WILDWOOD — City officials and state lawmakers want larger fines and stricter laws to fight pop-up events in the wake of a deadly car rally takeover that overwhelmed the small shore town last month.

Mayor Pete Byron said in a statement Friday that the measures are to make sure the H2Oi event does not return to Wildwood.

"The city solicitor, police chief and administrator have been assigned the task of reviewing all current ordinances and statutorily permitted ordinances that will strengthen law enforcement’s ability to adequately crackdown on rowdy and dangerous driving," Byron said.

Wildwood officials said they would be looking at strategies used by Ocean City, Maryland, which is where the car rally was hosted before it moved to the Jersey Shore. The new ordinances will crack down on reckless driving and modified vehicles, and allow the city to tow vehicles on private lots, according to the statement.

Also among the proposed changes is to triple traffic fines for unsanctioned events. However, maximum fines are set by state law and require support from lawmakers.

Sen. Michael Testa, R-Cumberland, whose district includes Cape May County, said he supports the increased penalties.

"We need to fix both the broken laws that allow for this type of lawless behavior while standing up for our police against those who would rather coddle these would-be lawbreakers and to protect our streets and neighborhoods,” Testa said.

The rally on Sept. 24 quickly became too much for local law enforcement to handle. A state database shows the Wildwood police department has less than 50 officers, who were tasked with handling more than 500 vehicles that came to the event.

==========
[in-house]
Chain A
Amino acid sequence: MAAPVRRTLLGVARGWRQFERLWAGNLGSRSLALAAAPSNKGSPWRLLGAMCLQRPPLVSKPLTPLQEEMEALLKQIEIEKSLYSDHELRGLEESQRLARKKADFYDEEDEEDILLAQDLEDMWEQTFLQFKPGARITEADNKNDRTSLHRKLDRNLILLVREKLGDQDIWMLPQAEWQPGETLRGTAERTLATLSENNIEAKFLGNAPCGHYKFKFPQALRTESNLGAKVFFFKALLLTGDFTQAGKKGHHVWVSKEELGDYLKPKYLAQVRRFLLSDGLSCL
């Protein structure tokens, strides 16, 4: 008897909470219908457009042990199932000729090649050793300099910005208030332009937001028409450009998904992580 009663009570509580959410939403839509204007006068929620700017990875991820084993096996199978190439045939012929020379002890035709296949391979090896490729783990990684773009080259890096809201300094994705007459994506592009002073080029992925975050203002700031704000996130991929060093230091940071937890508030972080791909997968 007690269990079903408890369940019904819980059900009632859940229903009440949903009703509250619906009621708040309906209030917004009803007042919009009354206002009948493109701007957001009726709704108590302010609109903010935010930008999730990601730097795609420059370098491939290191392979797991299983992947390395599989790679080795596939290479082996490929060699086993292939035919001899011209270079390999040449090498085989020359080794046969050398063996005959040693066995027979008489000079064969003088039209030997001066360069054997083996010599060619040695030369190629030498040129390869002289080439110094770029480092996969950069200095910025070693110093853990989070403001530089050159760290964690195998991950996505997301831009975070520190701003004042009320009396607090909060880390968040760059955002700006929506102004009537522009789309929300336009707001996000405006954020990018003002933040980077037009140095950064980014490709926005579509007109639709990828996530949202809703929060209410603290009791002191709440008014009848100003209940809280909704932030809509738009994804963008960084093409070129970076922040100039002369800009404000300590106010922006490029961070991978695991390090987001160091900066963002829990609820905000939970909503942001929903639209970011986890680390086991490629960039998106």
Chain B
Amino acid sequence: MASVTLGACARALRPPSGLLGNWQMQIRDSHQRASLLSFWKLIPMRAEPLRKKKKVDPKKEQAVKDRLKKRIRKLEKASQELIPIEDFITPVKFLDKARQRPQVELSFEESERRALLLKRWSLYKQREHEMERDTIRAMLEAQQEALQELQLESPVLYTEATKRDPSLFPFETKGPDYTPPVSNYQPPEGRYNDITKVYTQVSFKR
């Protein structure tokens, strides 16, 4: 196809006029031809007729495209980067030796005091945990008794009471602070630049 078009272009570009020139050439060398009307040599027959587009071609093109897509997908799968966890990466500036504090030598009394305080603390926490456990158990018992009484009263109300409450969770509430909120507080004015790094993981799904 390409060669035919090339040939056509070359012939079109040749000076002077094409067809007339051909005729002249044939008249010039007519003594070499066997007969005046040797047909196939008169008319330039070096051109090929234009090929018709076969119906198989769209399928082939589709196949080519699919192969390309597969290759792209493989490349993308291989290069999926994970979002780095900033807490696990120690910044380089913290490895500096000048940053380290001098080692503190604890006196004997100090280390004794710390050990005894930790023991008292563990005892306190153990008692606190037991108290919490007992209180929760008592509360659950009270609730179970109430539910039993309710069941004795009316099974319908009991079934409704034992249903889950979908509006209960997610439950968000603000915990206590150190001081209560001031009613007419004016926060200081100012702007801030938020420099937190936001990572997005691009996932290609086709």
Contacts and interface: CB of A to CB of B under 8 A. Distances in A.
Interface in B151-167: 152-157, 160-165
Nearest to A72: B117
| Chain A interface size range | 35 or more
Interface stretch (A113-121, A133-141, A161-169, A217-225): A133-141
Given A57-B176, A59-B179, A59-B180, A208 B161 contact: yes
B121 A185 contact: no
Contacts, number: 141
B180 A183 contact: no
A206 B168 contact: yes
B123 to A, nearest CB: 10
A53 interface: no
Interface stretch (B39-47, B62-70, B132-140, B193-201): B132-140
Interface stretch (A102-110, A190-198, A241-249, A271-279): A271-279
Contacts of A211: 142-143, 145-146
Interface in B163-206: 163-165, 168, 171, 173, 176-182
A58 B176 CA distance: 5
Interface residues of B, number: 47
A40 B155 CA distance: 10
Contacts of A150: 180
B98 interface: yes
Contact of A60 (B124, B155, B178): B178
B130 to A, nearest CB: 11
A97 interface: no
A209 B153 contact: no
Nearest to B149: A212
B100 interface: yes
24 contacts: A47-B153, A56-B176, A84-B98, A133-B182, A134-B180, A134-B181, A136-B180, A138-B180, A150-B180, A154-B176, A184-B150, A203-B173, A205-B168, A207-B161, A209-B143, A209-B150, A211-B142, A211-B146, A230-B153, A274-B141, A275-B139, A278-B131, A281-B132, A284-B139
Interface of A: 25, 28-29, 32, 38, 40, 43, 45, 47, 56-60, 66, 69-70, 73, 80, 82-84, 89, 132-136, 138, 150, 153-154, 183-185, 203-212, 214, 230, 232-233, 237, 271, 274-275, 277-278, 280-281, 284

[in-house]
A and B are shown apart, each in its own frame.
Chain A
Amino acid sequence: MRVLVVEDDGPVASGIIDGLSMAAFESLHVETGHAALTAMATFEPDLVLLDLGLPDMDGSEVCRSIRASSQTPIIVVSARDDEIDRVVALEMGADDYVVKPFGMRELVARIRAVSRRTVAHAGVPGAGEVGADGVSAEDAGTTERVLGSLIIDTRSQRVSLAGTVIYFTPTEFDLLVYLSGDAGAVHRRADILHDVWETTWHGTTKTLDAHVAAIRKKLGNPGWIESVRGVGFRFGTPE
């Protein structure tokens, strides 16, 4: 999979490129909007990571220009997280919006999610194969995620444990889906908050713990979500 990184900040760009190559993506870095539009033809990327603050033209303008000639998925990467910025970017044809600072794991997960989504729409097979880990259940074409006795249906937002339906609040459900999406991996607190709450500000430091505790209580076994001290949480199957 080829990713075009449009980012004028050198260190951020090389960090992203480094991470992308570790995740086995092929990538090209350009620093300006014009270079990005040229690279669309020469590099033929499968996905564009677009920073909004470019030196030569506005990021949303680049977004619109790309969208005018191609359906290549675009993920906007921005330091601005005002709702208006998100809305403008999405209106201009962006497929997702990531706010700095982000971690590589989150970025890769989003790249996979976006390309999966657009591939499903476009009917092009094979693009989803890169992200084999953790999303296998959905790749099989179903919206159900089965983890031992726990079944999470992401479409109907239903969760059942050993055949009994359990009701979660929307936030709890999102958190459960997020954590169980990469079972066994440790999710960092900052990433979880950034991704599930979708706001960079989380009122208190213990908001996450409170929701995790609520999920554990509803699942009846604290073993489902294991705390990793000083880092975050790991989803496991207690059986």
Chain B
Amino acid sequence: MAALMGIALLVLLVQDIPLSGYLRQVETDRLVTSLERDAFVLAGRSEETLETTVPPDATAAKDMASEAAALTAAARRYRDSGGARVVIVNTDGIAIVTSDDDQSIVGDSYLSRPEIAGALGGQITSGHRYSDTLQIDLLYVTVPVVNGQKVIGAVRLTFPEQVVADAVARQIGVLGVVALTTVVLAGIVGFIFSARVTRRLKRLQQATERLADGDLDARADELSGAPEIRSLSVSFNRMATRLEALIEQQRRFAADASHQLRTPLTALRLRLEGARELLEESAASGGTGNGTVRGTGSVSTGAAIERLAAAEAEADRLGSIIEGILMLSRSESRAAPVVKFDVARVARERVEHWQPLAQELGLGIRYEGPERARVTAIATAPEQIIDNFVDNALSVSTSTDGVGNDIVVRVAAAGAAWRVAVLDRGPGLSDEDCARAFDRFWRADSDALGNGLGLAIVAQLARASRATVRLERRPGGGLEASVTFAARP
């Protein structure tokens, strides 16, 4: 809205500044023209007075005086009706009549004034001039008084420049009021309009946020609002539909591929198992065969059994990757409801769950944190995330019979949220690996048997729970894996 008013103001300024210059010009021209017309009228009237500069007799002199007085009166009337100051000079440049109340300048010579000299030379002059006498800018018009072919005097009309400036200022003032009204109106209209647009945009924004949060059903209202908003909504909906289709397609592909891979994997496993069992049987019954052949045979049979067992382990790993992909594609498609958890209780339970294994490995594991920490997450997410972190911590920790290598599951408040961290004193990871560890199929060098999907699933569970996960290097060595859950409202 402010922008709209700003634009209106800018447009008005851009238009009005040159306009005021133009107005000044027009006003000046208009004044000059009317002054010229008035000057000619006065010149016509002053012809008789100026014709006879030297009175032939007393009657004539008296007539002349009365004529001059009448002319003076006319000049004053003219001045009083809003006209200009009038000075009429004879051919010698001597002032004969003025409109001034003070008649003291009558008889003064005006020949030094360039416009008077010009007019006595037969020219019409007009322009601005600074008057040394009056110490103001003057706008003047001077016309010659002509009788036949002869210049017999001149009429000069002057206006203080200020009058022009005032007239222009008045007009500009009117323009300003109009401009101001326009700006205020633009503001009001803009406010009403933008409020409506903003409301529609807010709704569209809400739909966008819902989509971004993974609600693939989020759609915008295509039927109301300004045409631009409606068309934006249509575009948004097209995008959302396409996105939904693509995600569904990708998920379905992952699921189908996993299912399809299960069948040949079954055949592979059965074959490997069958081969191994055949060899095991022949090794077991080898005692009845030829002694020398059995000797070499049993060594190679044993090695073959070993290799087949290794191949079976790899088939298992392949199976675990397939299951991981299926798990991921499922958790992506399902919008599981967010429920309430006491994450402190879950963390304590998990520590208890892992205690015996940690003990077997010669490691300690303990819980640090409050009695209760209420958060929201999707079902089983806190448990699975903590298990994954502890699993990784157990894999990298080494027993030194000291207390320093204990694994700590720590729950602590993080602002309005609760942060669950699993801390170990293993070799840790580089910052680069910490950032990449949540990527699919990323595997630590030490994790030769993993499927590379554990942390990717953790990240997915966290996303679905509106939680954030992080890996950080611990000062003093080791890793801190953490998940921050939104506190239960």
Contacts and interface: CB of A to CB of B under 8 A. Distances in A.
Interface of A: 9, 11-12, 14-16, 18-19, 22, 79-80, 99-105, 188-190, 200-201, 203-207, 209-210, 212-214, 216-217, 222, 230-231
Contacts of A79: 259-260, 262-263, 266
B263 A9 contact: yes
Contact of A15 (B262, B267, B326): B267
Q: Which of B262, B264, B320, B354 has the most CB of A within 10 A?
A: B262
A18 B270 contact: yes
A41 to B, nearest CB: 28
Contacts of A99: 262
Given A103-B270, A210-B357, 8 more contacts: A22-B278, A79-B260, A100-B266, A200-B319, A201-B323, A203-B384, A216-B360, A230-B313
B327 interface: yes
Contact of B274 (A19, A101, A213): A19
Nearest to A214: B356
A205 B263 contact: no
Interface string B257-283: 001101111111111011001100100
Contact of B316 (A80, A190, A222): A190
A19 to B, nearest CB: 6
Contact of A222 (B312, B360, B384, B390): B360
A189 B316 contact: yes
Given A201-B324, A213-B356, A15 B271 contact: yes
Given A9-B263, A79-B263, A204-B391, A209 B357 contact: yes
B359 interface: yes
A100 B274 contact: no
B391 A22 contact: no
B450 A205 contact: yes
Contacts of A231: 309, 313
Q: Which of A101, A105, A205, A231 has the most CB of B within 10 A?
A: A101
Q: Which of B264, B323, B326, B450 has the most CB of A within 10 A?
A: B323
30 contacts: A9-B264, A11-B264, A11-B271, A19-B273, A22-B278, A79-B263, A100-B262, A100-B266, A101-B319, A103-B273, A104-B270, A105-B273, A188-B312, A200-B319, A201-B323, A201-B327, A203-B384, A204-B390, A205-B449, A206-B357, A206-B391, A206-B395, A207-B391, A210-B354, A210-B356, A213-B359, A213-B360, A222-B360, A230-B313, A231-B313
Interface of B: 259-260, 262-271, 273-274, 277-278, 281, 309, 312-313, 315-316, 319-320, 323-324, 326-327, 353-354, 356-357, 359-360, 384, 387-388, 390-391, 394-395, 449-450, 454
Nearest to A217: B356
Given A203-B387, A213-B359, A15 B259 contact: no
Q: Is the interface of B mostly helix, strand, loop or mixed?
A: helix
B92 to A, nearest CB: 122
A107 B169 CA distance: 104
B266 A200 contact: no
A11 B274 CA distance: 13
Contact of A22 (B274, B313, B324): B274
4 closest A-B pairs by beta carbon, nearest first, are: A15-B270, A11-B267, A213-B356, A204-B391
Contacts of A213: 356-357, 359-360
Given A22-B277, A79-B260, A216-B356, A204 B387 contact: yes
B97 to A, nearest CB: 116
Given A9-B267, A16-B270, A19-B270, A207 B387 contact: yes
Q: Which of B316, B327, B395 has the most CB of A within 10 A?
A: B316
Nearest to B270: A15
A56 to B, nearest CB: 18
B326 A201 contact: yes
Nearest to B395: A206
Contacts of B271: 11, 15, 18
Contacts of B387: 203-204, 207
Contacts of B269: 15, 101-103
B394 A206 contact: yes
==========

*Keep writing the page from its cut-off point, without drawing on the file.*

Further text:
A pair of crashes after 9:15 p.m. that night have resulted in charges for two men.

Gerald White, 37, of Pittsburgh, is charged with two counts of first-degree aggravated manslaughter for extreme indifference and two counts of first-degree aggravated manslaughter for eluding police among other offenses for the deaths of Timothy Ogden, 34, and Lindsay Weakland, 18.

Eryk Wnek and his 2020 BMW with a red ribbon. (Eryk Wnek via Facebook)
Eryk Wnek and his 2020 BMW with a red ribbon. (Eryk Wnek via Facebook)

Eryk Wnek, 22, of Linden, is charged with second-degree aggravated assault and third-degree assault by auto for a separate crash involving a BMW that left a father of four in critical condition.

Byron told angry residents at a Board of Commissioners meeting on Sept. 28 that officials had no way of knowing the rally would escalate how it did, NJ.com reported.

"We felt that we had more than adequate enough coverage to protect our citizens until that happened because there’s no way we never could have known,” Byron said.

Rick Rickman is a reporter for New Jersey 101.5. You can reach him at richard.rickman@townsquaremedia.com

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